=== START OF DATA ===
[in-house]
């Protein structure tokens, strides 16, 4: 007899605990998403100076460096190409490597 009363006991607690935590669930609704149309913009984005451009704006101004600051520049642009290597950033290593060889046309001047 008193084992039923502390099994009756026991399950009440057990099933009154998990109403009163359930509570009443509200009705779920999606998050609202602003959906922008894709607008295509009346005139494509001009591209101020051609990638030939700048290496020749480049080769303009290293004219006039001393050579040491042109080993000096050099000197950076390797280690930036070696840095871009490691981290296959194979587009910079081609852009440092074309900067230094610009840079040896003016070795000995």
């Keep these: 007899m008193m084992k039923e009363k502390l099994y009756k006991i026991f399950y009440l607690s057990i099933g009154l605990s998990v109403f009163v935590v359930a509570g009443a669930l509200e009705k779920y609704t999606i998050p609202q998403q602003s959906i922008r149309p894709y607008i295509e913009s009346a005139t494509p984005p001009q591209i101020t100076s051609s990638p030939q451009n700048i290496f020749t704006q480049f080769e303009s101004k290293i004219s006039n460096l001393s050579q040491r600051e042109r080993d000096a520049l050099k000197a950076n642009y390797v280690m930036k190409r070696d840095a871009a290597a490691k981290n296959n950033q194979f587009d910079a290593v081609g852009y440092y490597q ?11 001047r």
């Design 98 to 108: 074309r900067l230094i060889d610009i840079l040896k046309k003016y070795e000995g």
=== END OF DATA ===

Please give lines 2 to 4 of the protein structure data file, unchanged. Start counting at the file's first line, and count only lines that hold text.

């Protein structure tokens, strides 16, 4: 007899605990998403100076460096190409490597 009363006991607690935590669930609704149309913009984005451009704006101004600051520049642009290597950033290593060889046309001047 008193084992039923502390099994009756026991399950009440057990099933009154998990109403009163359930509570009443509200009705779920999606998050609202602003959906922008894709607008295509009346005139494509001009591209101020051609990638030939700048290496020749480049080769303009290293004219006039001393050579040491042109080993000096050099000197950076390797280690930036070696840095871009490691981290296959194979587009910079081609852009440092074309900067230094610009840079040896003016070795000995």
């Keep these: 007899m008193m084992k039923e009363k502390l099994y009756k006991i026991f399950y009440l607690s057990i099933g009154l605990s998990v109403f009163v935590v359930a509570g009443a669930l509200e009705k779920y609704t999606i998050p609202q998403q602003s959906i922008r149309p894709y607008i295509e913009s009346a005139t494509p984005p001009q591209i101020t100076s051609s990638p030939q451009n700048i290496f020749t704006q480049f080769e303009s101004k290293i004219s006039n460096l001393s050579q040491r600051e042109r080993d000096a520049l050099k000197a950076n642009y390797v280690m930036k190409r070696d840095a871009a290597a490691k981290n296959n950033q194979f587009d910079a290593v081609g852009y440092y490597q ?11 001047r």
């Design 98 to 108: 074309r900067l230094i060889d610009i840079l040896k046309k003016y070795e000995g």